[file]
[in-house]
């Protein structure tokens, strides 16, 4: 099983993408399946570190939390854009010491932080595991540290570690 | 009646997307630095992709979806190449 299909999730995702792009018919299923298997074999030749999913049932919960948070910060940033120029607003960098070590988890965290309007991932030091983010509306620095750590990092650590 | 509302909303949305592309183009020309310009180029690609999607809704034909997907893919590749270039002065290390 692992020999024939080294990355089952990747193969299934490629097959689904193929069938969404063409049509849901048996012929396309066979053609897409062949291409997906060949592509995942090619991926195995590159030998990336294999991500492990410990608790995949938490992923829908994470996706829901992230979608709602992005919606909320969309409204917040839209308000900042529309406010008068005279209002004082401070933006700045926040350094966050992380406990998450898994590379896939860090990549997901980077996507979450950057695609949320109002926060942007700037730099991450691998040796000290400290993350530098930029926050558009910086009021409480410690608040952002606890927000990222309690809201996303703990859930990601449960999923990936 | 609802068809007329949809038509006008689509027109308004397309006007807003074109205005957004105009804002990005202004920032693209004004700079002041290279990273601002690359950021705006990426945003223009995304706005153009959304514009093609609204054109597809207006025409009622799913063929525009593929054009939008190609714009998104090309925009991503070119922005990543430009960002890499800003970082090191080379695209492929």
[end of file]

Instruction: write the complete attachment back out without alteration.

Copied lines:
[in-house]
């Protein structure tokens, strides 16, 4: 099983993408399946570190939390854009010491932080595991540290570690 | 009646997307630095992709979806190449 299909999730995702792009018919299923298997074999030749999913049932919960948070910060940033120029607003960098070590988890965290309007991932030091983010509306620095750590990092650590 | 509302909303949305592309183009020309310009180029690609999607809704034909997907893919590749270039002065290390 692992020999024939080294990355089952990747193969299934490629097959689904193929069938969404063409049509849901048996012929396309066979053609897409062949291409997906060949592509995942090619991926195995590159030998990336294999991500492990410990608790995949938490992923829908994470996706829901992230979608709602992005919606909320969309409204917040839209308000900042529309406010008068005279209002004082401070933006700045926040350094966050992380406990998450898994590379896939860090990549997901980077996507979450950057695609949320109002926060942007700037730099991450691998040796000290400290993350530098930029926050558009910086009021409480410690608040952002606890927000990222309690809201996303703990859930990601449960999923990936 | 609802068809007329949809038509006008689509027109308004397309006007807003074109205005957004105009804002990005202004920032693209004004700079002041290279990273601002690359950021705006990426945003223009995304706005153009959304514009093609609204054109597809207006025409009622799913063929525009593929054009939008190609714009998104090309925009991503070119922005990543430009960002890499800003970082090191080379695209492929």